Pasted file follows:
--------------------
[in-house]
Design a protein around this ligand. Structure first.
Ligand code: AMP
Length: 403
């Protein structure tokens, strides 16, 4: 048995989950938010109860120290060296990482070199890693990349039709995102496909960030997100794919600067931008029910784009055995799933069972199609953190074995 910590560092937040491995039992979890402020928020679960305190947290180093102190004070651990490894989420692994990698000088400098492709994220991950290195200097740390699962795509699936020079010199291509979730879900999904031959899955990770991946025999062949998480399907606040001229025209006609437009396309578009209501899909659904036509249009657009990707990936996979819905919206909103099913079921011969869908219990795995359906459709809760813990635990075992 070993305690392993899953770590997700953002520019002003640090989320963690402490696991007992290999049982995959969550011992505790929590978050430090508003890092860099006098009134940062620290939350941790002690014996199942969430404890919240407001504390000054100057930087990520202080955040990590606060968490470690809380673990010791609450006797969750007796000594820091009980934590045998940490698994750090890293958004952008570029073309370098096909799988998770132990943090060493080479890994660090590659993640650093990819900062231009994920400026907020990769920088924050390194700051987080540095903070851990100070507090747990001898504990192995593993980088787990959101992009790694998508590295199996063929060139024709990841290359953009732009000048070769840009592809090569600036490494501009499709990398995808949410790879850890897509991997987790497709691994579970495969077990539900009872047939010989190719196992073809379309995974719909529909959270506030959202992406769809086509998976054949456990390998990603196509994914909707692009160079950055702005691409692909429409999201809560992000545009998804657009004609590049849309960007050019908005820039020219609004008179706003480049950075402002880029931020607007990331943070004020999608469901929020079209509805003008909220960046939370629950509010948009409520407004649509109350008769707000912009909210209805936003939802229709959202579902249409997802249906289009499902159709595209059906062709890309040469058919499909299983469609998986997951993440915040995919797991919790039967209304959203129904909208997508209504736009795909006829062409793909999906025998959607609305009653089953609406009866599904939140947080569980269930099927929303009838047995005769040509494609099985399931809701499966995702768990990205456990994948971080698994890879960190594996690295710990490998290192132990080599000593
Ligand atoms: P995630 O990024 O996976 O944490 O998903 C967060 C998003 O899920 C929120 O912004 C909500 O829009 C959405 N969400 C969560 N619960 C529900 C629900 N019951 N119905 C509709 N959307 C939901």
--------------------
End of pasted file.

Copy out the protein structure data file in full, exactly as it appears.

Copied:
[in-house]
Design a protein around this ligand. Structure first.
Ligand code: AMP
Length: 403
């Protein structure tokens, strides 16, 4: 048995989950938010109860120290060296990482070199890693990349039709995102496909960030997100794919600067931008029910784009055995799933069972199609953190074995 910590560092937040491995039992979890402020928020679960305190947290180093102190004070651990490894989420692994990698000088400098492709994220991950290195200097740390699962795509699936020079010199291509979730879900999904031959899955990770991946025999062949998480399907606040001229025209006609437009396309578009209501899909659904036509249009657009990707990936996979819905919206909103099913079921011969869908219990795995359906459709809760813990635990075992 070993305690392993899953770590997700953002520019002003640090989320963690402490696991007992290999049982995959969550011992505790929590978050430090508003890092860099006098009134940062620290939350941790002690014996199942969430404890919240407001504390000054100057930087990520202080955040990590606060968490470690809380673990010791609450006797969750007796000594820091009980934590045998940490698994750090890293958004952008570029073309370098096909799988998770132990943090060493080479890994660090590659993640650093990819900062231009994920400026907020990769920088924050390194700051987080540095903070851990100070507090747990001898504990192995593993980088787990959101992009790694998508590295199996063929060139024709990841290359953009732009000048070769840009592809090569600036490494501009499709990398995808949410790879850890897509991997987790497709691994579970495969077990539900009872047939010989190719196992073809379309995974719909529909959270506030959202992406769809086509998976054949456990390998990603196509994914909707692009160079950055702005691409692909429409999201809560992000545009998804657009004609590049849309960007050019908005820039020219609004008179706003480049950075402002880029931020607007990331943070004020999608469901929020079209509805003008909220960046939370629950509010948009409520407004649509109350008769707000912009909210209805936003939802229709959202579902249409997802249906289009499902159709595209059906062709890309040469058919499909299983469609998986997951993440915040995919797991919790039967209304959203129904909208997508209504736009795909006829062409793909999906025998959607609305009653089953609406009866599904939140947080569980269930099927929303009838047995005769040509494609099985399931809701499966995702768990990205456990994948971080698994890879960190594996690295710990490998290192132990080599000593
Ligand atoms: P995630 O990024 O996976 O944490 O998903 C967060 C998003 O899920 C929120 O912004 C909500 O829009 C959405 N969400 C969560 N619960 C529900 C629900 N019951 N119905 C509709 N959307 C939901």